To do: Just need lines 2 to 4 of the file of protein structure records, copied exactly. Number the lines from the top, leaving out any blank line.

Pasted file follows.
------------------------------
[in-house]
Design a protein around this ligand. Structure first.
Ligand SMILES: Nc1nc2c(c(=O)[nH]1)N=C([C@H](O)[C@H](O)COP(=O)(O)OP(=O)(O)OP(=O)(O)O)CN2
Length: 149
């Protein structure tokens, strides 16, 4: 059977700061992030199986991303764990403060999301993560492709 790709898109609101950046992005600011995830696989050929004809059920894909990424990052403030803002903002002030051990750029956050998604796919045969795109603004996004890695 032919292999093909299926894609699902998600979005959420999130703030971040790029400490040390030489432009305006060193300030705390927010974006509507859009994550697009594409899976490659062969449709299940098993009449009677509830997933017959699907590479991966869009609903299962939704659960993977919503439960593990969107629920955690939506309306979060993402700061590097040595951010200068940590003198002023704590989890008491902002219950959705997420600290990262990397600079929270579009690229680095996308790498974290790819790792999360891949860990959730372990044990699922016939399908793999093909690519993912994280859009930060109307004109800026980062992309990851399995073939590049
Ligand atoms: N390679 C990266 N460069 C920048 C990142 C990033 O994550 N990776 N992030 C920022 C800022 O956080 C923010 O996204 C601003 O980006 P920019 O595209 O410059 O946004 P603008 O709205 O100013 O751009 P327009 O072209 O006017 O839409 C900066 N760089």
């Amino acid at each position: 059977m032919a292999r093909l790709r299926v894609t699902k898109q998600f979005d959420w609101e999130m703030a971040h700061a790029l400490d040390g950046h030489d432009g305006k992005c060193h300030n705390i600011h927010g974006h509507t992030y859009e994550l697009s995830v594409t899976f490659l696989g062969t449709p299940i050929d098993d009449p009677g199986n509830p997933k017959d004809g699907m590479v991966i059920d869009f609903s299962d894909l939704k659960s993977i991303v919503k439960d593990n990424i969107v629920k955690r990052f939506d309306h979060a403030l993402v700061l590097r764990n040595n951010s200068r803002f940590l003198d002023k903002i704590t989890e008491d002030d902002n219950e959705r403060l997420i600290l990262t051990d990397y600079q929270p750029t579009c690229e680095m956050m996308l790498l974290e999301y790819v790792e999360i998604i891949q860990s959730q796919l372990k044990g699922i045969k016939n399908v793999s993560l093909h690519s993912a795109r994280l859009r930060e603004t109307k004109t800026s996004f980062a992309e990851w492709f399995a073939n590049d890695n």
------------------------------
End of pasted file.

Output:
Design a protein around this ligand. Structure first.
Ligand SMILES: Nc1nc2c(c(=O)[nH]1)N=C([C@H](O)[C@H](O)COP(=O)(O)OP(=O)(O)OP(=O)(O)O)CN2
Length: 149